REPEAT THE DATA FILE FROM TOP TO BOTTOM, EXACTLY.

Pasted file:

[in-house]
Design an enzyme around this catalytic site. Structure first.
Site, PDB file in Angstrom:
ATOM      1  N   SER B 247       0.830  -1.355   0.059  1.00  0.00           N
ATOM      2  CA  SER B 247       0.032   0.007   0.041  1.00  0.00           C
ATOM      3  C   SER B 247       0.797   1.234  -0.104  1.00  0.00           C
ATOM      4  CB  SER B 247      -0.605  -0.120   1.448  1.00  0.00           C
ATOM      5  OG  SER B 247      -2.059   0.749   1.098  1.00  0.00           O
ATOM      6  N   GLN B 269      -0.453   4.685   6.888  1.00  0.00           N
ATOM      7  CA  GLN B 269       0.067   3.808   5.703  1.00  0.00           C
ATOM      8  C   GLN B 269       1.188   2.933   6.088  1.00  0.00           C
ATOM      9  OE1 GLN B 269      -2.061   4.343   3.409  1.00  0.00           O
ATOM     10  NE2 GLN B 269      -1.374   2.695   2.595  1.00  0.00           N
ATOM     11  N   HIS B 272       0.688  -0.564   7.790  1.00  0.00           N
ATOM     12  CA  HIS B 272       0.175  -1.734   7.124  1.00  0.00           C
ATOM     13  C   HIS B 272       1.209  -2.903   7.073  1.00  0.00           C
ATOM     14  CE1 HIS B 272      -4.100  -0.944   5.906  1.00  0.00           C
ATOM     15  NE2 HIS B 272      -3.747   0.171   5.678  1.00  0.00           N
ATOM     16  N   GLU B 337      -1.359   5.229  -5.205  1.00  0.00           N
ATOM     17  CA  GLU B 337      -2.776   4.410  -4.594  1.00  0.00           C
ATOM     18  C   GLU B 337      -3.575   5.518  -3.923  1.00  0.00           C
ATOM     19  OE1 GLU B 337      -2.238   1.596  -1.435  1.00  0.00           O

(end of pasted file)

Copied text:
[in-house]
Design an enzyme around this catalytic site. Structure first.
Site, PDB file in Angstrom:
ATOM      1  N   SER B 247       0.830  -1.355   0.059  1.00  0.00           N
ATOM      2  CA  SER B 247       0.032   0.007   0.041  1.00  0.00           C
ATOM      3  C   SER B 247       0.797   1.234  -0.104  1.00  0.00           C
ATOM      4  CB  SER B 247      -0.605  -0.120   1.448  1.00  0.00           C
ATOM      5  OG  SER B 247      -2.059   0.749   1.098  1.00  0.00           O
ATOM      6  N   GLN B 269      -0.453   4.685   6.888  1.00  0.00           N
ATOM      7  CA  GLN B 269       0.067   3.808   5.703  1.00  0.00           C
ATOM      8  C   GLN B 269       1.188   2.933   6.088  1.00  0.00           C
ATOM      9  OE1 GLN B 269      -2.061   4.343   3.409  1.00  0.00           O
ATOM     10  NE2 GLN B 269      -1.374   2.695   2.595  1.00  0.00           N
ATOM     11  N   HIS B 272       0.688  -0.564   7.790  1.00  0.00           N
ATOM     12  CA  HIS B 272       0.175  -1.734   7.124  1.00  0.00           C
ATOM     13  C   HIS B 272       1.209  -2.903   7.073  1.00  0.00           C
ATOM     14  CE1 HIS B 272      -4.100  -0.944   5.906  1.00  0.00           C
ATOM     15  NE2 HIS B 272      -3.747   0.171   5.678  1.00  0.00           N
ATOM     16  N   GLU B 337      -1.359   5.229  -5.205  1.00  0.00           N
ATOM     17  CA  GLU B 337      -2.776   4.410  -4.594  1.00  0.00           C
ATOM     18  C   GLU B 337      -3.575   5.518  -3.923  1.00  0.00           C
ATOM     19  OE1 GLU B 337      -2.238   1.596  -1.435  1.00  0.00           O